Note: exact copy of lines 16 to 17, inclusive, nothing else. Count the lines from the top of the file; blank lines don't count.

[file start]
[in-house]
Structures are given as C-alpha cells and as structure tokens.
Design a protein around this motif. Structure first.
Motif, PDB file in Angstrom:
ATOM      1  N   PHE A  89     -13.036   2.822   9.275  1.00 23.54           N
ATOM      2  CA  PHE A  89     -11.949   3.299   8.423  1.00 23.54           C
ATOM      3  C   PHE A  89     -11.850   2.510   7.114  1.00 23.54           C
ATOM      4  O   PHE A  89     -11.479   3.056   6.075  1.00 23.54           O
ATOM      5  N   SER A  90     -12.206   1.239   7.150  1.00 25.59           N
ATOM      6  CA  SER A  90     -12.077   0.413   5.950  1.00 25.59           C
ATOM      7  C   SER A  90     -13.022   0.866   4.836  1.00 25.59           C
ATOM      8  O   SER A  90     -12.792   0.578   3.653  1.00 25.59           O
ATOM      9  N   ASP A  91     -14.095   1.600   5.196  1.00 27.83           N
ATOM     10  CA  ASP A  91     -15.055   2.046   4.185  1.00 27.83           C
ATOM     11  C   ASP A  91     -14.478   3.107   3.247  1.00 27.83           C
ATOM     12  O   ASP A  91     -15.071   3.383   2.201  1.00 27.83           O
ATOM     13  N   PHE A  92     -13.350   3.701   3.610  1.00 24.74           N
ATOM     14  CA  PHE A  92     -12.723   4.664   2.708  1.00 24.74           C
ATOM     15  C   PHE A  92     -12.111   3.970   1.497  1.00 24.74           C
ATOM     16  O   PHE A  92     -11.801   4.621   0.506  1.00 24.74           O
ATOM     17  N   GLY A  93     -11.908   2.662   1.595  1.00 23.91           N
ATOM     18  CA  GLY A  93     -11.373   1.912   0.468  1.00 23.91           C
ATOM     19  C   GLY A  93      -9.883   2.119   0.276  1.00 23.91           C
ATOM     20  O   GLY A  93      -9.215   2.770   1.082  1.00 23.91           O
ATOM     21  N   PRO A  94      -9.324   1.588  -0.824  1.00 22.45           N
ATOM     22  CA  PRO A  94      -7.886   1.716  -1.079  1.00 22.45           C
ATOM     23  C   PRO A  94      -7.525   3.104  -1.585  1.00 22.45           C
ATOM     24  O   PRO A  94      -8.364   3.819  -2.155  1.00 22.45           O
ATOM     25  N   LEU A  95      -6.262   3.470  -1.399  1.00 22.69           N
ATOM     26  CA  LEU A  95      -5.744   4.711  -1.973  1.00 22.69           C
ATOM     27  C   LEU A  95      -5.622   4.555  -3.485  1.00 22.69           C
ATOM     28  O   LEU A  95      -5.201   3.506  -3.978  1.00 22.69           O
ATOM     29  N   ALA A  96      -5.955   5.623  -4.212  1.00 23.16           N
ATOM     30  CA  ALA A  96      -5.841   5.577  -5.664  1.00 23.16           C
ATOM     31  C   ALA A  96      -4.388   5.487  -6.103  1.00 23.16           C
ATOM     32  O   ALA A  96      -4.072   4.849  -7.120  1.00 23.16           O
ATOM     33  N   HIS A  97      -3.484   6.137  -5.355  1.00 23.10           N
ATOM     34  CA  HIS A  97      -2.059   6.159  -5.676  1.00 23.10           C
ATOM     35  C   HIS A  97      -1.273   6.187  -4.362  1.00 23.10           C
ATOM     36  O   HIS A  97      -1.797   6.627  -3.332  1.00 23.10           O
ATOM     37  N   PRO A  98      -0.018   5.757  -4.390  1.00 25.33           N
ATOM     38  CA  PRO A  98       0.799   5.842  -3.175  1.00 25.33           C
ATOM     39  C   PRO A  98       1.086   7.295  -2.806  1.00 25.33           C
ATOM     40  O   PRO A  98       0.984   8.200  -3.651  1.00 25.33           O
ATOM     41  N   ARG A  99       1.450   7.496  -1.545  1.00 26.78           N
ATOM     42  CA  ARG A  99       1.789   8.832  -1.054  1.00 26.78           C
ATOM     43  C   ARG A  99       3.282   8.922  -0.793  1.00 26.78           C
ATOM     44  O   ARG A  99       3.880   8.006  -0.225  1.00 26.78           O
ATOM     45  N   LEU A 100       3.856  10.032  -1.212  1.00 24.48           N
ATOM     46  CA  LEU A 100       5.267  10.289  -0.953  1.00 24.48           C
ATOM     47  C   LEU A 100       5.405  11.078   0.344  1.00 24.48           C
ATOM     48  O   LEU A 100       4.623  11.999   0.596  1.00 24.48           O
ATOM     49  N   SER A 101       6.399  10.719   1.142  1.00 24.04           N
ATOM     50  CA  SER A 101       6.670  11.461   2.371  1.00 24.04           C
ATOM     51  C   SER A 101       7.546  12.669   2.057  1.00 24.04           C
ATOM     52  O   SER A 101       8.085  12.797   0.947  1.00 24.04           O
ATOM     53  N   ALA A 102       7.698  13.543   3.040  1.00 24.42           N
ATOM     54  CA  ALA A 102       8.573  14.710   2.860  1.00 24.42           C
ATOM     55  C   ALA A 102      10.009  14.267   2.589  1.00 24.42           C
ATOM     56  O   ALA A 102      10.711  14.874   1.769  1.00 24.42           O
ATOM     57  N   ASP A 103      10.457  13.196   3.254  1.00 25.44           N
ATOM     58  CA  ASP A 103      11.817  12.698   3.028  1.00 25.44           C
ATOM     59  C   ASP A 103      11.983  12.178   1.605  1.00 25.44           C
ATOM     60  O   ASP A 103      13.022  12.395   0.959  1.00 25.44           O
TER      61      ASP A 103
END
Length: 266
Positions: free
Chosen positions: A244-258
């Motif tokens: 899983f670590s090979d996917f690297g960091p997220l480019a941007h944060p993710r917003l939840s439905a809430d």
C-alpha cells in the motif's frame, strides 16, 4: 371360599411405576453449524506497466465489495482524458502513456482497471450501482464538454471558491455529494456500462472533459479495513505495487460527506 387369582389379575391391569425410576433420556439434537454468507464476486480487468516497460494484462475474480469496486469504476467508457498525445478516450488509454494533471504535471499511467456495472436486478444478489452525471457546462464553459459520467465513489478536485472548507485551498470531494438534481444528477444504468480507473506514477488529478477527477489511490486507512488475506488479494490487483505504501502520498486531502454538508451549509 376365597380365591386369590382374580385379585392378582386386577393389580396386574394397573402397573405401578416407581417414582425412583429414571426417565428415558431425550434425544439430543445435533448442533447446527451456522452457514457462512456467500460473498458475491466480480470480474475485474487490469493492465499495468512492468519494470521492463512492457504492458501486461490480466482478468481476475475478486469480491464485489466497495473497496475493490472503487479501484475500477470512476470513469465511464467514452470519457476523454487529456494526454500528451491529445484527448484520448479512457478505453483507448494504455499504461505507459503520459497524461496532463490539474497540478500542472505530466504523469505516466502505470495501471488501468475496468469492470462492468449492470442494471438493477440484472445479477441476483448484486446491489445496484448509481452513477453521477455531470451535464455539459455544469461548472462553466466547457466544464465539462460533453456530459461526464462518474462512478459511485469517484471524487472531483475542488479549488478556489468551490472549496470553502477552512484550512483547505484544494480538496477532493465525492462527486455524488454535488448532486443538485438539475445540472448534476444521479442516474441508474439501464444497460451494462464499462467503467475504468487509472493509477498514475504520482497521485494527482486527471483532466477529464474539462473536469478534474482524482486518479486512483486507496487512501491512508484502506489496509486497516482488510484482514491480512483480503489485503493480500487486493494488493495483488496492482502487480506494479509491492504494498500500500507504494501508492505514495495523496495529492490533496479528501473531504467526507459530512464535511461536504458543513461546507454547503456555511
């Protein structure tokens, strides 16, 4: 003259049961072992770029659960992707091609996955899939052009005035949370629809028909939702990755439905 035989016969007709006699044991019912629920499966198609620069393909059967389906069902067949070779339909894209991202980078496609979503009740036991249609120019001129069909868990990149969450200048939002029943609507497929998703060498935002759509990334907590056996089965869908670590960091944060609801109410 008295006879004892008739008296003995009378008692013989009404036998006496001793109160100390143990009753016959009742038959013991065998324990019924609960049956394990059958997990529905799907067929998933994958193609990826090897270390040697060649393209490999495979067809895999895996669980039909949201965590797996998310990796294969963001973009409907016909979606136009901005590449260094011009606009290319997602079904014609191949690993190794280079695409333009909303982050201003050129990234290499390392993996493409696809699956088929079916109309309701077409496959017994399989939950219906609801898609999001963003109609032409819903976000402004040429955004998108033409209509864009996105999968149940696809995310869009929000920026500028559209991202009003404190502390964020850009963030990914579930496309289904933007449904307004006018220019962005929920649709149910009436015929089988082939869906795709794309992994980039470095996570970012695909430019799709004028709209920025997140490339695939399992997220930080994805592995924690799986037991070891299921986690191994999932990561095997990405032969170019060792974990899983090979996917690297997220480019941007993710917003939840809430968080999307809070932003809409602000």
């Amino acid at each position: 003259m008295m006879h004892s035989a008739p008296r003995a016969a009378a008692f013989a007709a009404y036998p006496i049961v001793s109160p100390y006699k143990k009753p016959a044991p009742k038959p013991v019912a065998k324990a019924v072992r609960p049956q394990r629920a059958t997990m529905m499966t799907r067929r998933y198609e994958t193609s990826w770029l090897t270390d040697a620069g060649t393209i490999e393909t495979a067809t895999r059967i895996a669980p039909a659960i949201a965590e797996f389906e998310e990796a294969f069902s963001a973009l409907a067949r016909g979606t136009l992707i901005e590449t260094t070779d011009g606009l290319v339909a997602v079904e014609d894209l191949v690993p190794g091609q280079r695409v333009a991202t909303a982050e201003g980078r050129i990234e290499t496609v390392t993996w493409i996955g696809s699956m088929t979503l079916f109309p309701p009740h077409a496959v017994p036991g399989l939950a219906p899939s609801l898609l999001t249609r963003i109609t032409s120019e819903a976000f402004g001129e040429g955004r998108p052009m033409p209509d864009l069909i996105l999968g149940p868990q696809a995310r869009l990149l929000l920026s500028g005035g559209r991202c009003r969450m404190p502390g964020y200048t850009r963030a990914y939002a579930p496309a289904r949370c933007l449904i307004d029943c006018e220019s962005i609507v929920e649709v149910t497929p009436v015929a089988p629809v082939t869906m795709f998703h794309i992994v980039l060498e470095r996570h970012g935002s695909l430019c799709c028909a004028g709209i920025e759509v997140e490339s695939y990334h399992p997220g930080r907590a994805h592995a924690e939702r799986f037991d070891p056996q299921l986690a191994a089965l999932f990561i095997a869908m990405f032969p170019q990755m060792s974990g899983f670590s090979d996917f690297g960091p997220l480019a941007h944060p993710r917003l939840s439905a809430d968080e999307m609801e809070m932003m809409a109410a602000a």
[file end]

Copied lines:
ATOM     12  O   ASP A  91     -15.071   3.383   2.201  1.00 27.83           O
ATOM     13  N   PHE A  92     -13.350   3.701   3.610  1.00 24.74           N